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Capturing the Commons: Social Changes in the Territorial System of the Maine Lobster Industry

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Type: Conference Paper
Author: Acheson, James M.; Brewer, Jennifer F.
Conference: Constituting the Commons: Crafting Sustainable Commons in the New Millennium, the Eighth Biennial Conference of the International Association for the Study of Common Property
Location: Bloomington, Indiana, USA
Conf. Date: May 31-June 4
Date: 2000
URI: https://hdl.handle.net/10535/1917
Sector: Fisheries
Region: North America
Subject(s): IASC
common pool resources
property rights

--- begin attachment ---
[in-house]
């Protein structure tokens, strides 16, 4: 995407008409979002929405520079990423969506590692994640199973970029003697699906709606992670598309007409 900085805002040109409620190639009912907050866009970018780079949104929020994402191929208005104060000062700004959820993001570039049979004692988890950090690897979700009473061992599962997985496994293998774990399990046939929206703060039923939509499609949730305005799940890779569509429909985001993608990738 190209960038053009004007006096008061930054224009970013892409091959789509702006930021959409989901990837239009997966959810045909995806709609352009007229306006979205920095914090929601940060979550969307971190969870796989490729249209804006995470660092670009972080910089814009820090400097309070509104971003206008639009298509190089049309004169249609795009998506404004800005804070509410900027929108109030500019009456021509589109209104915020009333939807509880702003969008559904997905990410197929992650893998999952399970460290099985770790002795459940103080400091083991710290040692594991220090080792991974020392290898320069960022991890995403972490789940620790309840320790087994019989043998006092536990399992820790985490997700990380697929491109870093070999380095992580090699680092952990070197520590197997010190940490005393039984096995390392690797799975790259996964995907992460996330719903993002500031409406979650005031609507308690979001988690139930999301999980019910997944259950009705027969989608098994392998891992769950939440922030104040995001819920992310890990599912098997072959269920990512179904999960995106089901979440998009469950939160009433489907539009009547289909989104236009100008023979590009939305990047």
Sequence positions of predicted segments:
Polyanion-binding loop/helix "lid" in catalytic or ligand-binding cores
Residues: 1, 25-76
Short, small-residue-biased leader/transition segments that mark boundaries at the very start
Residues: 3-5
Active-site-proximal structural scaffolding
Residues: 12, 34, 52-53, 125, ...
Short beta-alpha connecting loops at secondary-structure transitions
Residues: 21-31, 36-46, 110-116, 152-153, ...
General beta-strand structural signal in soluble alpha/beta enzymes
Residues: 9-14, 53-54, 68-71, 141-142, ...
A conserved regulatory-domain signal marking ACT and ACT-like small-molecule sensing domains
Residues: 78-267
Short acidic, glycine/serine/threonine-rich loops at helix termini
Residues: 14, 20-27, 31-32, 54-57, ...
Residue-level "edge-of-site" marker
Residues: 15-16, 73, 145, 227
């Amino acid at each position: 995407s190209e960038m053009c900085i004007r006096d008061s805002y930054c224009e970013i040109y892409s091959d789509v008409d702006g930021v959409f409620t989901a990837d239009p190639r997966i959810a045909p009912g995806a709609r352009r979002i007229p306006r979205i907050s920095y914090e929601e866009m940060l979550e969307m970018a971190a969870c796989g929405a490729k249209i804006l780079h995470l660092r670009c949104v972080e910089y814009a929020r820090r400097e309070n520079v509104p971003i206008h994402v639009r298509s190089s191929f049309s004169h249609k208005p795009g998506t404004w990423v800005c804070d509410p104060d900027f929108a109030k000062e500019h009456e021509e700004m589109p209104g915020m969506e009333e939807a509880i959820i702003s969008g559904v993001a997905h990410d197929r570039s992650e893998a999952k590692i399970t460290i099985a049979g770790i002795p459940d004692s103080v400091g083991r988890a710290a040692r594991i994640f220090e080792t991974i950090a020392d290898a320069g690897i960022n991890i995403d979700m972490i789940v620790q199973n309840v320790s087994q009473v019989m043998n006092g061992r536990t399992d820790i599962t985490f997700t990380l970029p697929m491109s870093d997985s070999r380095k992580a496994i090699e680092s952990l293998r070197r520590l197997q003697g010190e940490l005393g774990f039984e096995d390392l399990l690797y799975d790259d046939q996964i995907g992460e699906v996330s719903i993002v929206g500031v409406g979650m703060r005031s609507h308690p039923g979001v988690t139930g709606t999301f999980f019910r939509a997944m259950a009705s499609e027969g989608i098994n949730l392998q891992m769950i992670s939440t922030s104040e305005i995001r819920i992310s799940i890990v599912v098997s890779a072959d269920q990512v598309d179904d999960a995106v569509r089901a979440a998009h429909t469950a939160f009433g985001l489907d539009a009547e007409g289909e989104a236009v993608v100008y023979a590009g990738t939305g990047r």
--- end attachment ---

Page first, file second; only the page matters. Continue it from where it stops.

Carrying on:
Abstract: "The Maine lobster fishery has been highly territorial for a number of decades. To go lobstering at all, people need to get a license from the state of Maine. They also need to gain admission to the groups fishing from a particular harbor, and once they have been admitted to such a group, they can only go fishing in the traditional territory of that group or 'gang.' Repeated violations of territorial boundaries are met with surreptitious destruction of lobstering gear. In the past, lobster fishing territories were relatively close to shore. Further offshore, the sense of territoriality was weak or non-existent. "The traditional lobster territorial system was a completely decentralized institution, unrecognized by the state, upheld by activities that were illegal from the point of view of the government. Changes in territorial boundaries, when they occurred at all, were the result of political competition between harbor gangs or the result of one harbor gang taking over the territory of an island when the islanders moved to the mainland. "In recent years, the widespread adoption of new, larger, and better equipped boats has made it possible for people to fish many more traps. Many, but not all, fishermen are now placing traps in offshore areas which had previously been fished by people from several harbors, if they were fished at all. This expansion of the area fished for lobsters is behind many of the current changes in the territorial system. "Changes in the territorial system have come about by three different processes, two of which involve the government. First, those fishing offshore areas discovered productive spots, to which they sought to lay claim by incorporation into the traditional territorial system. The process involved first occupying the spot for long periods and later defending it against other fishermen who sought to fish there. This process probably mirrors the way in which the traditional territories were established in the 19th century. "Second, two islands have sought to defend their traditional fishing territories from incursions of mainland fishermen by lobbying the state government to make those areas special conservation zones. In 1984, Swans Island was successful in creating such a zone, and in 1995 Monhegan followed suit. In both cases, the islanders agreed to abide by conservation rules in an area around the island that were far stricter than those imposed in the state as a whole, with the stipulation that the state wardens enforce those rules and prohibit people from other harbors from fishing in the zone. "Third, boundary change has come about as a result of the 1995 passage of the Lobster Zone Management law, true co-management law. Under this law, the coast was divided into zones and the lobster license-holders in each zone are empowered to pass management rules for the zones with a 2/3 vote on three contentious issues: the number of traps that can be used, the times that fishing can be done, and the number of traps that can be used on a single line. Even though the zone lines were drawn to coincide with existing territorial lines, the imposition of formal lines has resulted in a lot of conflict. In some cases, fishermen want to fish across the zone boundary in spite of the more restrictive zone rules in force in the other zone. In other cases, they have sought to change the zone boundaries with access to good fishing grounds in mind. "Two important features underlie these processes involved in boundary change. First, in all instances, people involved in these disputes have artfully constructed 'traditional' boundaries giving them more prime fishing bottom. Second, boundary change is generated as a byproduct of conflicts over access to lobsters. Conservation is a secondary concern. This substantiates Knight's contention that the primary source of norms is distributional conflicts."

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